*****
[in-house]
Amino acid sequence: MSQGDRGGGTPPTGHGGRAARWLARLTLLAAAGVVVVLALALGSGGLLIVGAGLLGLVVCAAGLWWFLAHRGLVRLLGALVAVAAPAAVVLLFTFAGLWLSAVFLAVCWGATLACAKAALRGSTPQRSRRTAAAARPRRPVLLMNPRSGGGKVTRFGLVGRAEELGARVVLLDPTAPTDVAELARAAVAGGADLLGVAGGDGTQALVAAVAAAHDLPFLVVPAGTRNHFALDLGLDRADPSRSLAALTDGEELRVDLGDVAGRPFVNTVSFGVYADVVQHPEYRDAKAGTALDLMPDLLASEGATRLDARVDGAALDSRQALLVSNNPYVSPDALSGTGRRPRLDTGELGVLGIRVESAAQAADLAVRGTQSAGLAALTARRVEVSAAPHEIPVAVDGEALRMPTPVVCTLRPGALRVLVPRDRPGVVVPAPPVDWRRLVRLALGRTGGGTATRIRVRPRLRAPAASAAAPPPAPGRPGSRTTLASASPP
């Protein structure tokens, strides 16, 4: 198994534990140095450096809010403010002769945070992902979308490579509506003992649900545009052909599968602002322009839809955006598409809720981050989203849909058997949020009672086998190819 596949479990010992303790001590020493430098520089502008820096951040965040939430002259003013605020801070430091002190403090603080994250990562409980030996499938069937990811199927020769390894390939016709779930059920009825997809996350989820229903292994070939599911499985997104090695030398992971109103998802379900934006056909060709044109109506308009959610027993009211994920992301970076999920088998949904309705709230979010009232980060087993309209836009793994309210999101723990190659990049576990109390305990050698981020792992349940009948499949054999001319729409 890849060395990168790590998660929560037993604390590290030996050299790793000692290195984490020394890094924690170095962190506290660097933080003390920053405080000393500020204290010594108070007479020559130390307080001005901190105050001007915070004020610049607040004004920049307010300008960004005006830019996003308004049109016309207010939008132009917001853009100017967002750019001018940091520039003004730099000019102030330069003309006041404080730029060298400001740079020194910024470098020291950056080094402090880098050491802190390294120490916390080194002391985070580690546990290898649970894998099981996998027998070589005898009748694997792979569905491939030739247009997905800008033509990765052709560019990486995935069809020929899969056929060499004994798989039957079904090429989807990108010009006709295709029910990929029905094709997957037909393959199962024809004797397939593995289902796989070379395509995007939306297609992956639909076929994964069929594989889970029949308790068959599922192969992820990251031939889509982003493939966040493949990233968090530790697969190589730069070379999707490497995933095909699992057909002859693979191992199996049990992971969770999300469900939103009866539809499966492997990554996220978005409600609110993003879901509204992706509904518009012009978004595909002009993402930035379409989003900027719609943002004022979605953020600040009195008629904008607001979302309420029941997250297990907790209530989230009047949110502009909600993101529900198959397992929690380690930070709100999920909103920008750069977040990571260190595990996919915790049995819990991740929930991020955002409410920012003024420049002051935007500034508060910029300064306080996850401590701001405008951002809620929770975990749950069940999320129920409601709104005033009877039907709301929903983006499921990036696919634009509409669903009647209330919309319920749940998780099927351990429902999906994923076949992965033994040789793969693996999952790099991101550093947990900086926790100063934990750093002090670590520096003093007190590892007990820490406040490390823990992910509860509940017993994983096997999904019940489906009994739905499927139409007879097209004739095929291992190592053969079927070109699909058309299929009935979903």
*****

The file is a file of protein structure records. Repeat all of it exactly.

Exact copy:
[in-house]
Amino acid sequence: MSQGDRGGGTPPTGHGGRAARWLARLTLLAAAGVVVVLALALGSGGLLIVGAGLLGLVVCAAGLWWFLAHRGLVRLLGALVAVAAPAAVVLLFTFAGLWLSAVFLAVCWGATLACAKAALRGSTPQRSRRTAAAARPRRPVLLMNPRSGGGKVTRFGLVGRAEELGARVVLLDPTAPTDVAELARAAVAGGADLLGVAGGDGTQALVAAVAAAHDLPFLVVPAGTRNHFALDLGLDRADPSRSLAALTDGEELRVDLGDVAGRPFVNTVSFGVYADVVQHPEYRDAKAGTALDLMPDLLASEGATRLDARVDGAALDSRQALLVSNNPYVSPDALSGTGRRPRLDTGELGVLGIRVESAAQAADLAVRGTQSAGLAALTARRVEVSAAPHEIPVAVDGEALRMPTPVVCTLRPGALRVLVPRDRPGVVVPAPPVDWRRLVRLALGRTGGGTATRIRVRPRLRAPAASAAAPPPAPGRPGSRTTLASASPP
């Protein structure tokens, strides 16, 4: 198994534990140095450096809010403010002769945070992902979308490579509506003992649900545009052909599968602002322009839809955006598409809720981050989203849909058997949020009672086998190819 596949479990010992303790001590020493430098520089502008820096951040965040939430002259003013605020801070430091002190403090603080994250990562409980030996499938069937990811199927020769390894390939016709779930059920009825997809996350989820229903292994070939599911499985997104090695030398992971109103998802379900934006056909060709044109109506308009959610027993009211994920992301970076999920088998949904309705709230979010009232980060087993309209836009793994309210999101723990190659990049576990109390305990050698981020792992349940009948499949054999001319729409 890849060395990168790590998660929560037993604390590290030996050299790793000692290195984490020394890094924690170095962190506290660097933080003390920053405080000393500020204290010594108070007479020559130390307080001005901190105050001007915070004020610049607040004004920049307010300008960004005006830019996003308004049109016309207010939008132009917001853009100017967002750019001018940091520039003004730099000019102030330069003309006041404080730029060298400001740079020194910024470098020291950056080094402090880098050491802190390294120490916390080194002391985070580690546990290898649970894998099981996998027998070589005898009748694997792979569905491939030739247009997905800008033509990765052709560019990486995935069809020929899969056929060499004994798989039957079904090429989807990108010009006709295709029910990929029905094709997957037909393959199962024809004797397939593995289902796989070379395509995007939306297609992956639909076929994964069929594989889970029949308790068959599922192969992820990251031939889509982003493939966040493949990233968090530790697969190589730069070379999707490497995933095909699992057909002859693979191992199996049990992971969770999300469900939103009866539809499966492997990554996220978005409600609110993003879901509204992706509904518009012009978004595909002009993402930035379409989003900027719609943002004022979605953020600040009195008629904008607001979302309420029941997250297990907790209530989230009047949110502009909600993101529900198959397992929690380690930070709100999920909103920008750069977040990571260190595990996919915790049995819990991740929930991020955002409410920012003024420049002051935007500034508060910029300064306080996850401590701001405008951002809620929770975990749950069940999320129920409601709104005033009877039907709301929903983006499921990036696919634009509409669903009647209330919309319920749940998780099927351990429902999906994923076949992965033994040789793969693996999952790099991101550093947990900086926790100063934990750093002090670590520096003093007190590892007990820490406040490390823990992910509860509940017993994983096997999904019940489906009994739905499927139409007879097209004739095929291992190592053969079927070109699909058309299929009935979903």